It has become rather popular as of late to cast artificial intelligence as the boogeyman of the workplace. This is especially so in recent times since the technology related to AI development has seen incredible exponential growth. The advancement of such tech has led us to believe that AI is the ‘bad guy’ of the office, with the fear of “Big Brother” style personal surveillance, unfair discrimination and ultimately to take over jobs.
Despite this, a new question is being asked regarding an alternate use for AI’s surveillance abilities. Can the supposedly dehumanising technology help make workplaces more human?
It is indisputable at this point that AI and automation can help increase productivity and efficiency in the workplace. However, some researchers believe that the same technology can be used to help maintain the mental wellbeing of staff.
With the use of intelligent algorithms, managers can keep tabs on a worker’s wellbeing and can be used to help said managers respond to staff distress and treat workers with compassion, reckons Dr Ace Simpson from Brunel Business School, London. This methodology could also be used by companies to hold onto staff and improve their bottomline.
“Responding to the suffering of employees in a timely manner enhances employee wellbeing, resilience, engagement, commitment and loyalty. With AI pattern recognition, it will likely be possible to begin preparing to provide support before the employee even realises they need it,” said Dr Simpson.
Signs of mental stress can be subtle and unnoticeable. Some common signs can include changes in mood and routine, a spike in sick days, lateness, or even missed deadlines. An attentive and on-the-ball manager can often spot these signs and realise that their staff is not doing great mentally and act accordingly. However, Many might miss these signs due to how subtle they are. Computers can learn to spot these signs as well; and they also hold the potential to do so more accurately than a human can.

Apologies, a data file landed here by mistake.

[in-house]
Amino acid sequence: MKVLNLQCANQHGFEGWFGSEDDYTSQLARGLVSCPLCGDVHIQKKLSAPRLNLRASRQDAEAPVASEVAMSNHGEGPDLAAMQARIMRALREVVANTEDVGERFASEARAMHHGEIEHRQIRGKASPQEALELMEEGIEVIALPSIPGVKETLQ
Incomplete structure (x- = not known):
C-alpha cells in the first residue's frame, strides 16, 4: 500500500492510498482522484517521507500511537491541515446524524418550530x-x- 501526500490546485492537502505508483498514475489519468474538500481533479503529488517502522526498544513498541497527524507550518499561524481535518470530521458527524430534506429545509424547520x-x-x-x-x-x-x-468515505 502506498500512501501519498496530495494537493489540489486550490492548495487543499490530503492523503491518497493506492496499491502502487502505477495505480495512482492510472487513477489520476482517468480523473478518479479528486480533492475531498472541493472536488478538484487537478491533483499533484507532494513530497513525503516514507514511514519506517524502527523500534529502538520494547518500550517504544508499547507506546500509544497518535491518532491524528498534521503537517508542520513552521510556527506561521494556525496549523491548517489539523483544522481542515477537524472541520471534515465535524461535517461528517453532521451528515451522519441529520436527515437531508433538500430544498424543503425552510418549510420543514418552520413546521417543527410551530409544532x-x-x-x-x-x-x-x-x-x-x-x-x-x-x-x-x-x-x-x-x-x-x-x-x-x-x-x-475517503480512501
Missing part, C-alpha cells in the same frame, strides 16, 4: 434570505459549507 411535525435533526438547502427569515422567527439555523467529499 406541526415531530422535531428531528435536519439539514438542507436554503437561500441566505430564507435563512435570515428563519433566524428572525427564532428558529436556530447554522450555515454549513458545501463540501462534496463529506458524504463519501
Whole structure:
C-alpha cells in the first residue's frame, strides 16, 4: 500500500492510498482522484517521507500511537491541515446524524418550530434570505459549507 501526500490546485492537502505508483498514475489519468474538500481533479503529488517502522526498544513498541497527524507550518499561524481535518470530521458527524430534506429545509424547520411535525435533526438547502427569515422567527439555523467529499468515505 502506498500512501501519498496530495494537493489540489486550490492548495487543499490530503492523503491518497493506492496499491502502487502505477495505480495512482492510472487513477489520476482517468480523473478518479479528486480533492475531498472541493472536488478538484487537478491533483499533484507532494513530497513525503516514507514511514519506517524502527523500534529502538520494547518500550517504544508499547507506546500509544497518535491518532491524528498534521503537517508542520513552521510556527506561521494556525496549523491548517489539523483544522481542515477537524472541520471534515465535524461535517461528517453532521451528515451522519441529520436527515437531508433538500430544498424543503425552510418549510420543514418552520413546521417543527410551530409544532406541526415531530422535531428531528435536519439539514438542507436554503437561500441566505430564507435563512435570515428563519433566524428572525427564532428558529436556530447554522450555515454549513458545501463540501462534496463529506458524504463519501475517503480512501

“Changes in routine could be a sign of workplace harassment, grief, home abuse or any other number of issues. AI pattern recognition has potential to support noticing, appraising and responding to employee suffering more quickly than humans, ensuring fewer people fall through the cracks,” said Dr Simpson.
AIR, a Tokyo-based company, has developed an app by the name of Vibe, which is designed to detect mood changes among teams. Vibe scans workers’ chats for emoji and trigger words to monitor morale. A bot would then pool the data and flags mood changes for managers to review in real-time, honing in on happiness, disappointment, disapproval, irritation, and stress.
Shanghai technology firm Deayea, meanwhile, monitors high-speed train drivers’ brainwaves for stress and fatigue. If they doze off, an alarm sounds in the cabin. Hangzhou Zhongheng Electric likewise uses neuro monitoring to highlight spikes in depression or anxiety in factory workers. Managers then change production line pace or boost breaks.
On the other hand, some might argue that surveillance such as this is leaning dangerously close to violating the privacy of workers. Due to how new the tech and its implementation is, there are no real laws that govern the extent of their use. Clear lines will need to be established in order to define how far it can push ethics.